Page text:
·         Times Square: Big, bright and unforgettable, Times Square has been a main attraction in New York City since Newt’s visit in 1926. Serving as the backdrop to a nail-biting scene in the film, fans can experience 20th century NYC in the area by visiting landmarks such as The Knickerbocker Hotel, built in 1906 by John Jacob Astor IV.

·         Woolworth Building: New York City’s tallest skyscraper when Newt Scamander arrived to NYC in 1926, the iconic Woolworth Building appears in Fantastic Beasts as the headquarters of the Magical Congress of the United States of America (MACUSA). While the building is open to everyone, there’s a magical entrance to MACUSA which only witches and wizards can enter. The building remains an important landmark of Lower Manhattan today.

·         Writer’s House: Currently serving as a publishing company, the Writer’s House occupies two landmarked houses built by the brothers William Waldorf and John Jacob Astor III in 1881. The historic buildings, located on West 26th Street, inspired the apartment for lead characters and magical sisters, Tina and Queenie Goldstein.

The Bronx

  • The Grand Concourse: Following the success of Paris’ Champs-Élysées, the Grand Concourse in the South Bronx debuted to the public in 1909. The street features a wide boulevard of art deco buildings that are now home to art galleries, museums and restaurants. While in the neighborhood, enjoy additional early 20th century history with a tour of Yankee Stadium or take a ride on the Bronx Culture Trolley.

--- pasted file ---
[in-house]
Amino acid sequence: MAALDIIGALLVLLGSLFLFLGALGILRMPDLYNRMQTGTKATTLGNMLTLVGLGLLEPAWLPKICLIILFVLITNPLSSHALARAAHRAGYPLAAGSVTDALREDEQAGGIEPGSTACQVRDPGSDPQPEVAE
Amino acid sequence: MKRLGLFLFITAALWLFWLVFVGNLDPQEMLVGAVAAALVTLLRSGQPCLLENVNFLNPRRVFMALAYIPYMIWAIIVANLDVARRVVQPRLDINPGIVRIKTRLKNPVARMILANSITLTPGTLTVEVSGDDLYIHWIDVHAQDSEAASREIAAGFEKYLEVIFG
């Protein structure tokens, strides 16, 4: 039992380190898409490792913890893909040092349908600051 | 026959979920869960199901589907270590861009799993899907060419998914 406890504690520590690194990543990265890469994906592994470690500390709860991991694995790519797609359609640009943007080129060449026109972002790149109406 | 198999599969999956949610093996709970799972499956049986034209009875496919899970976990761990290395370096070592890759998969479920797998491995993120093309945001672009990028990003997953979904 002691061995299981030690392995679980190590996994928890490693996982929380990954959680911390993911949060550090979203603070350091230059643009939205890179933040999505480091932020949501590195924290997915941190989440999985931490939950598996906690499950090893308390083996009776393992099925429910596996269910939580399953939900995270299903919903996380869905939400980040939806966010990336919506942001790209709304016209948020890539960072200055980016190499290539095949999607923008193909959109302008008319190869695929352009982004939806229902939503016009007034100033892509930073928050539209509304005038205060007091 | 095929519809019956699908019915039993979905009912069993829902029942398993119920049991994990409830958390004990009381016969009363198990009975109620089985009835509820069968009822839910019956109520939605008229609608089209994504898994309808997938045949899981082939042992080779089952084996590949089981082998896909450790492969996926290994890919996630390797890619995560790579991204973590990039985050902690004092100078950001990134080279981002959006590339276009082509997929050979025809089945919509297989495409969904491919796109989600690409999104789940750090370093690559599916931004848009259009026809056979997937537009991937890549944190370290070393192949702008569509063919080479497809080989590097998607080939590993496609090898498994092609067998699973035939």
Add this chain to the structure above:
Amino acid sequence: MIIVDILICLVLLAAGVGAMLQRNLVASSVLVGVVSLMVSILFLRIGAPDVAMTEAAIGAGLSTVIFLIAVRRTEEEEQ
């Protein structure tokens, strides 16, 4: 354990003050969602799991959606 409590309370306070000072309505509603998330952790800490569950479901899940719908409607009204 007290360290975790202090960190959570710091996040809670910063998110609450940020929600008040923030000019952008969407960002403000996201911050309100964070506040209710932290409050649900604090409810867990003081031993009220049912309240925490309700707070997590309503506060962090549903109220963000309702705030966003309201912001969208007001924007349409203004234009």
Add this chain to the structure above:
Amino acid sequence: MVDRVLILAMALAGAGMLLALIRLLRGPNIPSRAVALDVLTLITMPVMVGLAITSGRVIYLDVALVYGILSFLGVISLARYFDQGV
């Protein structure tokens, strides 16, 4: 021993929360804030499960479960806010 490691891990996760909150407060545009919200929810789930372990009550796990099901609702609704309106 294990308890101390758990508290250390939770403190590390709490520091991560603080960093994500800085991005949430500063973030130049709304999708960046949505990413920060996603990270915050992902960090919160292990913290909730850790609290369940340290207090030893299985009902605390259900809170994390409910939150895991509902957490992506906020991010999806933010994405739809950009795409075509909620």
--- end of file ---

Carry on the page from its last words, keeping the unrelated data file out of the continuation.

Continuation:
Brooklyn

  • Brooklyn Flea at One Hanson Place: Try your luck at finding a vintage suitcase like Newt’s at the Brooklyn Flea. Check out the Flea’s Winter Market at Skylight One Hanson, a Fort Greene landmark in the Williamsburg Savings Bank Clocktower from the 1920’s.
  • New York Transit Museum’s City Hall Station Tours: Located in Downtown Brooklyn, the New York Transit Museum celebrates the City’s public transportation network. They are one of the only operators to tour the old City Hall station, an exclusive landmark in Manhattan, which is featured in the final thrilling scene of the movie. New York City’s first subway station which closed in 1945 features vaulted tile ceilings, chandeliers and skylights. Interested visitors can visit nytransitmuseum.org for tickets.

Staten Island

  • The Staten Island Zoo: While the Central Park Zoo is featured in the film, visitors and can visit zoos across the boroughs to discover fantastic beasts of the ‘no-maj’ kind including the Bronx Zoo, Prospect Park Zoo and Queens Zoo. The Staten Island Zoo is the most fitting for J.K. Rowling’s Wizarding World as it is home to the largest Serpentarium in the nation. Speak parseltongue, anyone?

Queens

  • Kaufman Astoria Studios: Built in 1920, Kaufman Astoria Studios has welcomed numerous movie shoots and celebrities over the years and was once home to Paramount Pictures. Now, in homage to its founding during the prohibition, the building is home to an underground speakeasy bar called The Astor Room that opened in 2014.

 

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             Contact: NYC & Company / Chris Heywood 212-484-5458
                           NYC & Company / Kim Klein 212-484-5458